Raising awareness for endometriosis is a bit like getting blood out of a stone. To begin with, endometriosis isn't something which touches the heart strings. In spite of the fact that it affects so many women, it is still a misunderstood and under-rated disease.
In fact, if you go up to anyone in the street and ask them if they have heard of endometriosis, they will most likely say no.
Therefore it was imperative that someone come up with the idea of an awareness campaign. To begin with we had an Awareness Day. The CEO of Endometriosis UK decided to get as many women as possible to go up to Parliament and lobby their MPs. It took a couple of years to take hold but by the third year, there were more than 200 of us standing outside Parliament. I lobbied my MP twice and even attended an endometriosis debate. Sadly though none of the MPs whom we had lobbied stuck around for the debate and it was a disappointing turnout.
Awareness Day soon turned into Awareness Week & yet even then, there was very little interest in the disease. A few papers would run stories about women with endo but they'd always have happy endings and none of them really covered the true horrors of what it was like to live with endometriosis.
Every time I tried to raise awareness, it seemed as though I was banging my head against a brick wall. When my husband did the London Triathlon I had t-shirts printed out for myself and two of his friends. Only when the t-shirts arrived they had misspelled 'endometriosis', leaving out the 'N' and it was too late to have them re-printed. However, we decided to wear them and whilst Lee was swimming, cycling and running his heart out, the three of us handed out leaflets and tried to tell as many people as possible about the disease. Whether or not this worked, I have no idea. But at least I felt that I had done something.
Whilst Endometriosis UK refused to adopt the 'yellow' awareness ribbon that the rest of the world had adopted, social media had other ideas. In 2002 March was officially declared Awareness Month in America and soon all of the profile photos belonging to women with endo turned yellow.
In 2013 Dr Camran Nezhat came up with the idea of the Worldwide Endometriosis March, otherwise known as The Million March for Endometriosis. He wanted to take the world by storm and wanted people to take notice.
On March 13th 2014, women, men and children marched for endometriosis in 53 cities around the world and because this was something that had never been done before, I knew that this was something that I wanted to be a part of.
Because it was a weekday and because there was another march taking place in London, Endometriosis UK managed to arrange for us to walk in Kensington Gardens, rather than through the streets of London. My husband and I went up to London in a minibus along with another endo sufferer and her husband. We met my mum and an old work colleague of my husband's in Kensington Gardens and we walked around the park with another 100+ women. Considering that it was a week day and that it was the first endo march, it was a pretty good turn out. We were exceptionally lucky with the weather and even though it was exhausting, I was really pleased that I had made the effort to get to London in order to be part of something extraordinary.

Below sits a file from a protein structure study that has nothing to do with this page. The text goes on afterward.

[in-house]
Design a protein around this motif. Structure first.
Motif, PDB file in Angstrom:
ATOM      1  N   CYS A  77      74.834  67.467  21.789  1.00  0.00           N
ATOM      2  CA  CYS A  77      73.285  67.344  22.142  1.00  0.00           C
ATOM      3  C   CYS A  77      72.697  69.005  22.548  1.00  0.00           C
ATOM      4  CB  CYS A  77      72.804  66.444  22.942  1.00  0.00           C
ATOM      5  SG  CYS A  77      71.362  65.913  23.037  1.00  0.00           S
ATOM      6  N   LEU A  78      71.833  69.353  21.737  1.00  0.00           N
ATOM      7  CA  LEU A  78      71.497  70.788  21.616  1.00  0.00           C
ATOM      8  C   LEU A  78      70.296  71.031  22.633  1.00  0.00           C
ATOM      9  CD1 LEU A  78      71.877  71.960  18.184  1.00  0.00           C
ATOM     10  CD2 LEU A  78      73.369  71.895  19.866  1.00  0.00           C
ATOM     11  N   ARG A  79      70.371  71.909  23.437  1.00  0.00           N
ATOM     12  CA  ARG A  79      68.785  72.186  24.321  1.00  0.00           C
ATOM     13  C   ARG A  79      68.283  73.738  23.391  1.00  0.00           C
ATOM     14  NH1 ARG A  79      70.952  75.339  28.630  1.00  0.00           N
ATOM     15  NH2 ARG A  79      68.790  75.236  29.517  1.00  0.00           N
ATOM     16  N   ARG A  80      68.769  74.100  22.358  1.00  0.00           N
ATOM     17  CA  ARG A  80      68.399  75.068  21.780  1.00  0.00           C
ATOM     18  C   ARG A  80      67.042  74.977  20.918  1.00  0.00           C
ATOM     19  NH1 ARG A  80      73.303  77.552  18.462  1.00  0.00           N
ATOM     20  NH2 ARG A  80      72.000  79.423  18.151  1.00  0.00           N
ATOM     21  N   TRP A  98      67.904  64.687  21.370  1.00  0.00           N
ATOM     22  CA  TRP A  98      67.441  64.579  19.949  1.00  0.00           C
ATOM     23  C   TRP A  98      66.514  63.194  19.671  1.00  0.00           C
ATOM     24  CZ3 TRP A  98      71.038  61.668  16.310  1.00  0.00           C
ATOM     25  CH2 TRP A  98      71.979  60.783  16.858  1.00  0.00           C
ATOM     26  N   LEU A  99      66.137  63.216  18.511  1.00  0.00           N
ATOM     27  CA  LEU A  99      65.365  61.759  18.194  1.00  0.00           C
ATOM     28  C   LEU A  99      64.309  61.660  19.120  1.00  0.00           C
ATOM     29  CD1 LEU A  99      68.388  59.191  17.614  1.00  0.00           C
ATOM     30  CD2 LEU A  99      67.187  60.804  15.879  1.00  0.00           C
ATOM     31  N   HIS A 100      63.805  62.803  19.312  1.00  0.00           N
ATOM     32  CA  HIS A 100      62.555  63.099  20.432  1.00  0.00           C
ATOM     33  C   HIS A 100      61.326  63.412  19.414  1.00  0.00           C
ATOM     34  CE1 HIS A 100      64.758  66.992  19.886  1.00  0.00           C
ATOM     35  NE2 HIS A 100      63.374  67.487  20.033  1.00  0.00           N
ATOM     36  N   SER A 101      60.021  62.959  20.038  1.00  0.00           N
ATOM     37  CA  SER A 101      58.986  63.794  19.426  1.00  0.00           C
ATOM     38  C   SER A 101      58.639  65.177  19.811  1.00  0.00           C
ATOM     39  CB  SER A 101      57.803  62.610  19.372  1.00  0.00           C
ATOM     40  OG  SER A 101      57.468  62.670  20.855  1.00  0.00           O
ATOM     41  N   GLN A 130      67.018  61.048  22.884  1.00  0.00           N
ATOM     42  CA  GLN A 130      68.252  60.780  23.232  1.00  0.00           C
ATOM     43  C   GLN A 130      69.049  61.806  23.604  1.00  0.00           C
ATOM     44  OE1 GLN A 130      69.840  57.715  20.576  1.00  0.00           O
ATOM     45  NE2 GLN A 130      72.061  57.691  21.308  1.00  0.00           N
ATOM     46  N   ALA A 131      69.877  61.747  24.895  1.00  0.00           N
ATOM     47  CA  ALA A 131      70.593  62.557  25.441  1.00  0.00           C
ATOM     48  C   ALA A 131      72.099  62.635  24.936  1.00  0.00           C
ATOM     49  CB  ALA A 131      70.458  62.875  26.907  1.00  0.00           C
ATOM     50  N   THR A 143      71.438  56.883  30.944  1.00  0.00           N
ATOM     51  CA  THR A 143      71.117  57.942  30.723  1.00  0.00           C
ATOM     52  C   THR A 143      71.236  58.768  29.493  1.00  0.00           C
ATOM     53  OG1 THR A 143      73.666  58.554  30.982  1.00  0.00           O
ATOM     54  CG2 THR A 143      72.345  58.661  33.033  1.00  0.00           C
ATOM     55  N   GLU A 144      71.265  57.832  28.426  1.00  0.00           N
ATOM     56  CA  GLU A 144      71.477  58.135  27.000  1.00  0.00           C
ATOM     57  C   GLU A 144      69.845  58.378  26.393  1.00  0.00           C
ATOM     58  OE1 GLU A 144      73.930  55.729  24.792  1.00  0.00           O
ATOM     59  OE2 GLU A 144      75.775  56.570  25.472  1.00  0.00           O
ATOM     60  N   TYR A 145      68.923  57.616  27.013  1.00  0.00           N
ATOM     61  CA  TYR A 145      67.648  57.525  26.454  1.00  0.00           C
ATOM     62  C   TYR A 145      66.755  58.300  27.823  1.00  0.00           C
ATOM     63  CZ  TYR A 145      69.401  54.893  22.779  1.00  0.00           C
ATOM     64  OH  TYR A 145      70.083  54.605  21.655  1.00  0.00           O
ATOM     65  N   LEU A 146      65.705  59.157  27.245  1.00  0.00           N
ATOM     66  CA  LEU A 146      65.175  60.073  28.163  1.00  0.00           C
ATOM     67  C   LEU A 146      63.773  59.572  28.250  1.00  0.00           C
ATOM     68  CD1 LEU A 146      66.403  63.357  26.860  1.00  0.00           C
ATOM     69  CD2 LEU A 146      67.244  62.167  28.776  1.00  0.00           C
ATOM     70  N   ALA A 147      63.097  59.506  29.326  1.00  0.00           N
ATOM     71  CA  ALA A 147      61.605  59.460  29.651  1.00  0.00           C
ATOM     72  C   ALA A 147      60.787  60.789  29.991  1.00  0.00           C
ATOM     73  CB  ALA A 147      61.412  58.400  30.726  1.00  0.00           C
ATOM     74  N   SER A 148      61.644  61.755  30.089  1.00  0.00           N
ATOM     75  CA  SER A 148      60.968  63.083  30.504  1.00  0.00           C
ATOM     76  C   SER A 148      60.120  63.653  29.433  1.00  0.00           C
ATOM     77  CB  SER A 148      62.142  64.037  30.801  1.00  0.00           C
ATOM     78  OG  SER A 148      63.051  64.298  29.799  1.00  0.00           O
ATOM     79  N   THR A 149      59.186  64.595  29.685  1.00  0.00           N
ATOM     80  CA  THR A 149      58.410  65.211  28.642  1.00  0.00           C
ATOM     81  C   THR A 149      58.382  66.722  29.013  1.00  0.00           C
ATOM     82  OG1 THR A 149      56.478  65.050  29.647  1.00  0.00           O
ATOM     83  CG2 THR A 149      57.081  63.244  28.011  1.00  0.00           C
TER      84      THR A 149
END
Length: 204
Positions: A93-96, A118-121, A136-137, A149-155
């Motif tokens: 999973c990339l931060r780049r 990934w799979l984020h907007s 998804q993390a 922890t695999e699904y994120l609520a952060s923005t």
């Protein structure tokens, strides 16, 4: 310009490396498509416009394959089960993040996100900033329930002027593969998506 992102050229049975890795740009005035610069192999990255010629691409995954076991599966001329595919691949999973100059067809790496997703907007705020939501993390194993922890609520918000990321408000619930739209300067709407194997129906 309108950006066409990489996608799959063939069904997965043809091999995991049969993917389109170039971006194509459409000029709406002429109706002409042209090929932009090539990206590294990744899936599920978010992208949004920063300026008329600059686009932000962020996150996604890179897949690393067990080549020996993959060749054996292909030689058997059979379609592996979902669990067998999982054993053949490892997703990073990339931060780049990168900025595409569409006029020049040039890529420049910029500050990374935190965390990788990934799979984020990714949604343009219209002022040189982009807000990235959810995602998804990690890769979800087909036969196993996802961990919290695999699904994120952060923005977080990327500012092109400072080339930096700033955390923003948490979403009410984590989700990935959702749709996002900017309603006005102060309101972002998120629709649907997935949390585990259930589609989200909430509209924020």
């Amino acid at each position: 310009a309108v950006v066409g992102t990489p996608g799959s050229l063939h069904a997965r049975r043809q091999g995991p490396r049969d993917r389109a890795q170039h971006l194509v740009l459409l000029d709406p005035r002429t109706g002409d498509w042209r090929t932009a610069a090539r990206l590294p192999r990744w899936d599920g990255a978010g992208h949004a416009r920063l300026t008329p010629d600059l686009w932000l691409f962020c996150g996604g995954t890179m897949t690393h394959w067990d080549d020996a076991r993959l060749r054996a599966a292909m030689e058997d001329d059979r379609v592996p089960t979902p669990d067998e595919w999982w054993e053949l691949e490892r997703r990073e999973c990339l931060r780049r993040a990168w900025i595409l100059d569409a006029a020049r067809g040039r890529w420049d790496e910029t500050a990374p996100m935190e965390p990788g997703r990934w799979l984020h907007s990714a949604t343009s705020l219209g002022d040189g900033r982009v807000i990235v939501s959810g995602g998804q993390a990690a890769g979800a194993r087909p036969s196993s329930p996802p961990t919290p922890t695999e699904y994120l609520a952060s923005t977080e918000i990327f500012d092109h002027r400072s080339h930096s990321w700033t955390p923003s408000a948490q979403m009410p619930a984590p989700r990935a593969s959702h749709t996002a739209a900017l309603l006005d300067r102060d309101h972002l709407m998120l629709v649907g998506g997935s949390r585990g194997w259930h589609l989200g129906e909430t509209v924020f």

As each year passes, more women join the march and last year I believe that there were over 400 women in London alone.
This year there will be marches in various cities throughout the UK, including Manchester, Cardiff, Glasgow as well as in Northern Ireland. For more information about these marches, please visit Endometriosis UK.
In 2015 I was approached by a friend to ask if I would like to be involved in an Indigogo project, which involved a new endometriosis documentary called "Endo What?" Of course I jumped at the chance and put some money into the crowdfunding pot.
I had no idea that this film would take the world by storm. As far as I was concerned, it was just another endometriosis documentary. How wrong I was.
In March 2016 Endo What was premiered at a cinema in New York, before Shannon Cohn embarked on a gruelling national and international tour. On Monday March 21st I headed up to London to take part in the London Premiere and took my mum with me. Not only was the documentary awe inspiring, it also helped my mum finally understand what I had been living with all of these years. No matter that I had been trying to explain to her all these years what my pain was like - it seems that sitting down to watch a really good documentary was all that she needed!
Shannon has a vision. She wants all school nurses to be educated. She wants a DVD of Endo What in all of the schools and libraries. This film is an educational tool. It is something that all GPs and gynaecologists should watch, so that they stop misdiagnosing endometriosis. It's also been something that my friends and family have watched & I can't wait for them to sit down to the sequel....
If you're interested in watching the film just visit www.endowhat.com and follow the links.
Don't be embarrassed to talk about endo
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You're not better because you don't want to get better